Working Lives

Working Lives: The Market Porter Sworn Against Bank Charges

Working Lives: The Porters of Lagos Markets

Another Working Lives series, same old story. We went to two markets in Lagos, the popular Mile 12 on the Mainland and Oniru Market on the Island to speak to porters, known as alabaru in Yoruba. Many of the porters have learnt one trade or the other but have been forced by circumstances to carry stuff -bags of rice, tubers of yams, baskets of tomatoes etc.- for shoppers at Lagos markets for as low as N100. For all the hard work, a stall in the market is all some of them have as rooms to sleep at night. Mostly from the North, some porters have wives and children back home.

 

Working Lives: The Market Porter Sworn Against Bank Charges

She said I had passed the Indomie noodles to one of my colleagues while I was walking behind her. I was trying so hard to explain that I could never do such a thing.  But we couldn’t understand each other because she was speaking Yoruba and I was speaking Hausa”.

 

Where are you from?

I am from Kano state. I was born in a village called Kudu.

What school did you attend and when did you leave school? 

I only attended primary school. I left in 2002. That’s all the schooling my parents could afford to pay for.

Tell us about your family?

My dad is a truck driver. He drives those big trucks they use in delivering tomatoes from the North down to Lagos. My mom is a trader. She sells kola-nut, groundnut, yam just close to the house in Kano State. They have six of us.

When did you get to Lagos?

I got to Lagos in 2009. I learnt to tailor for four years. But came to Lagos to hustle like other friends.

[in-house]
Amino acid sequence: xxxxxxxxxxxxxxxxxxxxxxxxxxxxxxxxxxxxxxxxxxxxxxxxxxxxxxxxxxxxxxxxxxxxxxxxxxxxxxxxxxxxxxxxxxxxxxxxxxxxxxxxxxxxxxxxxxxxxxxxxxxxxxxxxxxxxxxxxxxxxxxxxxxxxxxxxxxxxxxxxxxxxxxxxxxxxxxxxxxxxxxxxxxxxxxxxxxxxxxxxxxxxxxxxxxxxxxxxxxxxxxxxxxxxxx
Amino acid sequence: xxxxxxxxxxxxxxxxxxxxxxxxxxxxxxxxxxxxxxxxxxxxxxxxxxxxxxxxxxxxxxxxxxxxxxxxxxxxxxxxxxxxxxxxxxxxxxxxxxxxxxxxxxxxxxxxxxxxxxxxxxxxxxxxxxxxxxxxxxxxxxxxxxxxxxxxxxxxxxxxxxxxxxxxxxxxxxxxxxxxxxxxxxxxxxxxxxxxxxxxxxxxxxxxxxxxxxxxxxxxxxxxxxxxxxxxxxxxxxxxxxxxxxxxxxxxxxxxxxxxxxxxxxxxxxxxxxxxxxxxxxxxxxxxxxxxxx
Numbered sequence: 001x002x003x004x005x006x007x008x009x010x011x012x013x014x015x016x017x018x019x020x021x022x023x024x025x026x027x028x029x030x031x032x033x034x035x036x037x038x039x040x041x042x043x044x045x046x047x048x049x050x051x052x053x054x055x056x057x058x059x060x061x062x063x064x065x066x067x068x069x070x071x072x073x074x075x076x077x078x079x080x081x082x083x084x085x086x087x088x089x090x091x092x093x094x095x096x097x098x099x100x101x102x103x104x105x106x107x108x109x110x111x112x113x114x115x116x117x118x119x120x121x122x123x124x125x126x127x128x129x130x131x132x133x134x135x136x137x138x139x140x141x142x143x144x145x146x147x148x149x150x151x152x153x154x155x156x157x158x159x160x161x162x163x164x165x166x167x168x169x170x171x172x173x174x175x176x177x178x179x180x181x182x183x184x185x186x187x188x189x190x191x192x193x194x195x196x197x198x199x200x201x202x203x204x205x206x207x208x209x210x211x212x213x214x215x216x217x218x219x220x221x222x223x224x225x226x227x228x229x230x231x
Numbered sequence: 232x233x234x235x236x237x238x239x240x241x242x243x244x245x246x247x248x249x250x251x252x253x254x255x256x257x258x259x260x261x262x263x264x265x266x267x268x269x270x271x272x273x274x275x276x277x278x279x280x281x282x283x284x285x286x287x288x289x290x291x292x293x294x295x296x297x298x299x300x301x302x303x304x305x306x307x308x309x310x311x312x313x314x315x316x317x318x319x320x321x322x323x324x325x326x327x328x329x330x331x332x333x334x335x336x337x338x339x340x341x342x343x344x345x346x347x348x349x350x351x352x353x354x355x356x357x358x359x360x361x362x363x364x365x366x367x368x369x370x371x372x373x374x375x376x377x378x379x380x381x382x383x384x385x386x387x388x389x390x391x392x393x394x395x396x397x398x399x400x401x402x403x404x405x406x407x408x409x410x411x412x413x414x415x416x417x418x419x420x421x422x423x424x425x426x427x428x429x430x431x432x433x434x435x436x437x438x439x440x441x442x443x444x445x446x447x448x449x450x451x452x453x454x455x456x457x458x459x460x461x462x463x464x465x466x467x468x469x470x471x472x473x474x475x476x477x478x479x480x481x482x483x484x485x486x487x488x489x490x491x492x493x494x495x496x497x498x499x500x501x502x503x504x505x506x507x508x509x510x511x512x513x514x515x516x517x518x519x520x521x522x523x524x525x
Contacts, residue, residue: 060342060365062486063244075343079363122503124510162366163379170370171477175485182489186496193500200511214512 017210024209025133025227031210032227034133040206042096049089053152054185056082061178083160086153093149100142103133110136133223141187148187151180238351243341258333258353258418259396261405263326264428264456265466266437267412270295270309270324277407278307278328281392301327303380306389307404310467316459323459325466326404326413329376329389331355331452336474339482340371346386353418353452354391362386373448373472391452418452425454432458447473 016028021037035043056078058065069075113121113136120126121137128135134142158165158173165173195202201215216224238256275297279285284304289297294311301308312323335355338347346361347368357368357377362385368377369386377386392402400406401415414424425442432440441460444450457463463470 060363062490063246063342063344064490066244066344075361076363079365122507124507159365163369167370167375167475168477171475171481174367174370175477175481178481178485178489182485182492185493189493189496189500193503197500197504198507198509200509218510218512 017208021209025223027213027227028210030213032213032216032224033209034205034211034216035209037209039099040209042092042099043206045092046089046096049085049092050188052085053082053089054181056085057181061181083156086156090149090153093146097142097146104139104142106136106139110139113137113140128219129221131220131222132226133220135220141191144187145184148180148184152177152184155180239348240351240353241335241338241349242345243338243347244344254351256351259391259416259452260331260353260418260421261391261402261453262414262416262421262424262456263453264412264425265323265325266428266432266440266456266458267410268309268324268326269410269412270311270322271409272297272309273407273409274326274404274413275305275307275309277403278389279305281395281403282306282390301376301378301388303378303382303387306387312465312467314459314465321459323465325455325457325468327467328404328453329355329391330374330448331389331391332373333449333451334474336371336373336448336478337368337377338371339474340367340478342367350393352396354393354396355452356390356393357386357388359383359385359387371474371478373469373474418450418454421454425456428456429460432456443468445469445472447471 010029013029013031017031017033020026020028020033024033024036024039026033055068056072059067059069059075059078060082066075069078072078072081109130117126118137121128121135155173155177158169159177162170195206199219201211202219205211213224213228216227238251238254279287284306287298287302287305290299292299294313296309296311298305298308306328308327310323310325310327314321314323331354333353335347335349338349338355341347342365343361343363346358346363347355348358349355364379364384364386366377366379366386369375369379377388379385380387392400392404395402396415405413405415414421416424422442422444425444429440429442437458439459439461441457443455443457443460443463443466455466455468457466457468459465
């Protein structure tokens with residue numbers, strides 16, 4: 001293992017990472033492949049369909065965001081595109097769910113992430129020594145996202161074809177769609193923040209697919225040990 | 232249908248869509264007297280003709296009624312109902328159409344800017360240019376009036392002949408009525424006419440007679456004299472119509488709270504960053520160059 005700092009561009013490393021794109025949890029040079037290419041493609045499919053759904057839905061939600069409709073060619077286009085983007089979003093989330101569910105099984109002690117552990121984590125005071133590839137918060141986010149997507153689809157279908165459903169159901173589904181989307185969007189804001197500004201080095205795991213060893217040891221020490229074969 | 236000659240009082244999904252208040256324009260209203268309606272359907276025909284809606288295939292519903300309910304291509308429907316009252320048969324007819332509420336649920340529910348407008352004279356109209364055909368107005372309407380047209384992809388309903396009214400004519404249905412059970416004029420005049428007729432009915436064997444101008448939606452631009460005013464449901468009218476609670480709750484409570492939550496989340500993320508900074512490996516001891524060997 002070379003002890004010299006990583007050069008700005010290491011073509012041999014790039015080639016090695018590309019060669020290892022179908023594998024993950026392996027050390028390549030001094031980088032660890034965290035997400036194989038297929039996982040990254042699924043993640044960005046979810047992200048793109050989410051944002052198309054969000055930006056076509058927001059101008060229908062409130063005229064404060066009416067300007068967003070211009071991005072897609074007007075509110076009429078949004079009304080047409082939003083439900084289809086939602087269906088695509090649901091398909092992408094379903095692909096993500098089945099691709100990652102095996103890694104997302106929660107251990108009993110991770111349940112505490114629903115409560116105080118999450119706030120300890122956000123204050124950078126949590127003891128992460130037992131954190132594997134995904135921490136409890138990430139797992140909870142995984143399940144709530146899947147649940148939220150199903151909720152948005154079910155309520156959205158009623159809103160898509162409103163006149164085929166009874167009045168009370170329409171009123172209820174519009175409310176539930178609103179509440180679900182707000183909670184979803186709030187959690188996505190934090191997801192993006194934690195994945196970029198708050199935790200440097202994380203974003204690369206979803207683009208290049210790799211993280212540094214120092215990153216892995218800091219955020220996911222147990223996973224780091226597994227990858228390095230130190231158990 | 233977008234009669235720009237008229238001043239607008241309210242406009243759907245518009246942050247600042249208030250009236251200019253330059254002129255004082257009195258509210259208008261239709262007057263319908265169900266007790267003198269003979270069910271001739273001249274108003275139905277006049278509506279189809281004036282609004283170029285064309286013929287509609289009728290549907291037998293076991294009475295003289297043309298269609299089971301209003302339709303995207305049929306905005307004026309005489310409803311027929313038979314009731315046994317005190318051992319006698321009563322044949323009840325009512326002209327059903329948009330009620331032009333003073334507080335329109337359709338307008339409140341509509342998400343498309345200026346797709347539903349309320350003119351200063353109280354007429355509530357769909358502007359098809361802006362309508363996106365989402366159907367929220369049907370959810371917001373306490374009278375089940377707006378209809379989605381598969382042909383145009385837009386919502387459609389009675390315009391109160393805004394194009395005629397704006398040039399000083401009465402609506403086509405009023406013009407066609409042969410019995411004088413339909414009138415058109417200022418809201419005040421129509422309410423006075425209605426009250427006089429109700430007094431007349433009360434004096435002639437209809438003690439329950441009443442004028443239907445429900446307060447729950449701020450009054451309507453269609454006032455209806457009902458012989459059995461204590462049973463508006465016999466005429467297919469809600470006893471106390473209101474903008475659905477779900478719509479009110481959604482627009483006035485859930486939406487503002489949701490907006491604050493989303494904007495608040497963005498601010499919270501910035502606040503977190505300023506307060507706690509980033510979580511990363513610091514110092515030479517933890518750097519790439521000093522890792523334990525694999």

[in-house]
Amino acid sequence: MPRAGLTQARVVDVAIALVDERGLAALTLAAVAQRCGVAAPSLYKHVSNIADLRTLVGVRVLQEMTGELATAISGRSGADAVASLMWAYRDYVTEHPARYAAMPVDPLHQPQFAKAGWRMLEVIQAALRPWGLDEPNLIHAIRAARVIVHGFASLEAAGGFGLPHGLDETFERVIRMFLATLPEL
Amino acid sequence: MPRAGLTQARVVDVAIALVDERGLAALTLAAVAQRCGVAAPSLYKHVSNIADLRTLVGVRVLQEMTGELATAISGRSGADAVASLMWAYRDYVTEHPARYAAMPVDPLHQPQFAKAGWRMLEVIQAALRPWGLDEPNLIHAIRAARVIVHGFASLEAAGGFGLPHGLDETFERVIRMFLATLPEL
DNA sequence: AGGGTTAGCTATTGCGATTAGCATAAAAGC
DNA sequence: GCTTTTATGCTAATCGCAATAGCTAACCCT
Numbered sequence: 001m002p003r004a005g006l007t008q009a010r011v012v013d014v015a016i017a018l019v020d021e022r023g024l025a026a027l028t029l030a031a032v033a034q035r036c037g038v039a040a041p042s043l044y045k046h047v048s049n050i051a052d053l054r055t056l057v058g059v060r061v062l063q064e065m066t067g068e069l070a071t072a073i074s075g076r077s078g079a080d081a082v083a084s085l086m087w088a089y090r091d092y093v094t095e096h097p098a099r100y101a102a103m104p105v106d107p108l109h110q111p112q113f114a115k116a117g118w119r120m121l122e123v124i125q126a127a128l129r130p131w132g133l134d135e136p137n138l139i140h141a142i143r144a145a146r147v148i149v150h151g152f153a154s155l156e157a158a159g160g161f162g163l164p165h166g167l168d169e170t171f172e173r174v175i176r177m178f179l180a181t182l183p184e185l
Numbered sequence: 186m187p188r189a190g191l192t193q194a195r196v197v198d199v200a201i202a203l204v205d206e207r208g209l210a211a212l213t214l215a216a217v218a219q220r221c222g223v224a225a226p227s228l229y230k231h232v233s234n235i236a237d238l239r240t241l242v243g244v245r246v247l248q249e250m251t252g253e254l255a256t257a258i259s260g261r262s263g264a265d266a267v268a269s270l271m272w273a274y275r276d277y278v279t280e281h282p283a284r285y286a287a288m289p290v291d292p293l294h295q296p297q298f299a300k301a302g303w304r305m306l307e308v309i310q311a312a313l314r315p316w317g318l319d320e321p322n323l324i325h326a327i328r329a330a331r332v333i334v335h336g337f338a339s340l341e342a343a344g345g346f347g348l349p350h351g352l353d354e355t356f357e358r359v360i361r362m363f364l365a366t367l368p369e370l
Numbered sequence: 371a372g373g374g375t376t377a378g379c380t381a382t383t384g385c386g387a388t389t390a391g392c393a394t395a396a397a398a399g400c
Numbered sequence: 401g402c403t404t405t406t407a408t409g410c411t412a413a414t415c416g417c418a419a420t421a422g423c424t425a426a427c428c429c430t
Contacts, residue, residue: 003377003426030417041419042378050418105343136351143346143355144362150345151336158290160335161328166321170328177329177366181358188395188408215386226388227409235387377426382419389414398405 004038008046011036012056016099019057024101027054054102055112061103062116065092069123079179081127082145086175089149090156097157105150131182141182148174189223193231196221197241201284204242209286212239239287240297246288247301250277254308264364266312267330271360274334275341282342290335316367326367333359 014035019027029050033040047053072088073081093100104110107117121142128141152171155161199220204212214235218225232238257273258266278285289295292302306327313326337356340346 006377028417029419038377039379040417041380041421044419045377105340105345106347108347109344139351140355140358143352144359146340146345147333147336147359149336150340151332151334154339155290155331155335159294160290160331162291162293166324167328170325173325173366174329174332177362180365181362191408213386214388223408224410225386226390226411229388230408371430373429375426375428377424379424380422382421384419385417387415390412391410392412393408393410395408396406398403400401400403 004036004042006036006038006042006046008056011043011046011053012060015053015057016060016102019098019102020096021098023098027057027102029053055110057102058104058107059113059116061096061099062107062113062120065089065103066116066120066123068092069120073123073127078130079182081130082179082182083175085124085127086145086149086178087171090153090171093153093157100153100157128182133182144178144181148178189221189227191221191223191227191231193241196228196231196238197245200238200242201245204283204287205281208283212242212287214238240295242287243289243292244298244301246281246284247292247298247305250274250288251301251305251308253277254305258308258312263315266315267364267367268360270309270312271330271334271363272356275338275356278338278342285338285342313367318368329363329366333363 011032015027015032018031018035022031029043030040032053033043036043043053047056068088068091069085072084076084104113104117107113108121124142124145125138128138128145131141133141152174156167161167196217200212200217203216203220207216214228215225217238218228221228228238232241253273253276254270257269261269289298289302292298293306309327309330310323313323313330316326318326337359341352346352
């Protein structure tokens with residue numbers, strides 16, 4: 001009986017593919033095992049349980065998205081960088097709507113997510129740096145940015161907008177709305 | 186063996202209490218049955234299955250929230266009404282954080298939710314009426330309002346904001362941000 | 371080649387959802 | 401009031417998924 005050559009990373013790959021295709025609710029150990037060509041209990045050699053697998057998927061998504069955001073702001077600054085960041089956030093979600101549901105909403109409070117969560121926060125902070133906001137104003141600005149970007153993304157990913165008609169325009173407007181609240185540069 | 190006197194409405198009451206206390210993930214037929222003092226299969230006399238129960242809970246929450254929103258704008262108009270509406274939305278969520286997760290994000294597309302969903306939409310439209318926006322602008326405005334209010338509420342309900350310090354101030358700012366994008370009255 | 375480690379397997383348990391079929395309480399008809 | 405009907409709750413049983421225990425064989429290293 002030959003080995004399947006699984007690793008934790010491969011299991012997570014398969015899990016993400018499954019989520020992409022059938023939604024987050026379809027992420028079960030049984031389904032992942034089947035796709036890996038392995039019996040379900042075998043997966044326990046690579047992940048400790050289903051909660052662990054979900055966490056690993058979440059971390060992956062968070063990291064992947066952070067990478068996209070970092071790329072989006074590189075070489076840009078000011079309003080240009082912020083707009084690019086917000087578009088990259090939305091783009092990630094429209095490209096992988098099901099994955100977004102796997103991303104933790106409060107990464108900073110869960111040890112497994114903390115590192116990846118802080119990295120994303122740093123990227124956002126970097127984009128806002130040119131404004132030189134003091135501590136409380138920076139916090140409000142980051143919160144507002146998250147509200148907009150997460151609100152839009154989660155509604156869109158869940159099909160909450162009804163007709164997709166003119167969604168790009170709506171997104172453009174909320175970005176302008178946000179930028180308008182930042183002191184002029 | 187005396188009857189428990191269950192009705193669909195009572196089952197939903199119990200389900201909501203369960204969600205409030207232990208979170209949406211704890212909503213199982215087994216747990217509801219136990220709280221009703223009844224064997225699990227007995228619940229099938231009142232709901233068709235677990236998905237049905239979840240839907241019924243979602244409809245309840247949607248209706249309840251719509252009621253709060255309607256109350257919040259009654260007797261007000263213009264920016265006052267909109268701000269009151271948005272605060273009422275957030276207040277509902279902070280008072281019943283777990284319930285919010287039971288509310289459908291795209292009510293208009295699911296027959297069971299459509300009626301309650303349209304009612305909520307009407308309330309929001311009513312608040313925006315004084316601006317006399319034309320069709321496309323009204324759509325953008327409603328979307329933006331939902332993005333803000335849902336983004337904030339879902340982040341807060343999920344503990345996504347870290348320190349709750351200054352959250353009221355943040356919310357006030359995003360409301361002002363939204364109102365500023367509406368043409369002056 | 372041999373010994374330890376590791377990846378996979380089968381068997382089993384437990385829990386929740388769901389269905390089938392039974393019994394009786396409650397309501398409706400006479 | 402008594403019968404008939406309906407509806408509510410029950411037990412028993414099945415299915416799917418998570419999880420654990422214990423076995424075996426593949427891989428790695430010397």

Where do you live and how much is the rent?

I live in a room in Sabo Yaba. And I pay N4,000 monthly. When I newly came to Lagos, I was squatting with someone in Sabo that my dad knew before I got enough money to rent my place.

What were you doing before you started working as a porter in this market?

You know I said I trained to be a tailor in Kano, at least I knew the basics. When I got to Lagos, I was getting tailoring jobs here and there- to amend clothes, slim fit and all that. So that was what I was doing, but it was not bringing in so much income.

How did you start working as a porter in this market?

When I realized that tailoring was not bringing in so much money for me, I started looking for other ways to make money. I was already living on my own and had rent to pay. I started looking for odd jobs on the Island, and that was how I came across this market in Oniru. I spoke to a few northerners, and they just put me through on how the job works and that was how I started. All I needed to do was just resume work in the morning and start hustling for customers.

For how long have you been doing this job?

I started 3 years after I got to Lagos. This was 2011. So is about 9 years now.

Have you had any shocking encounters with a customer before?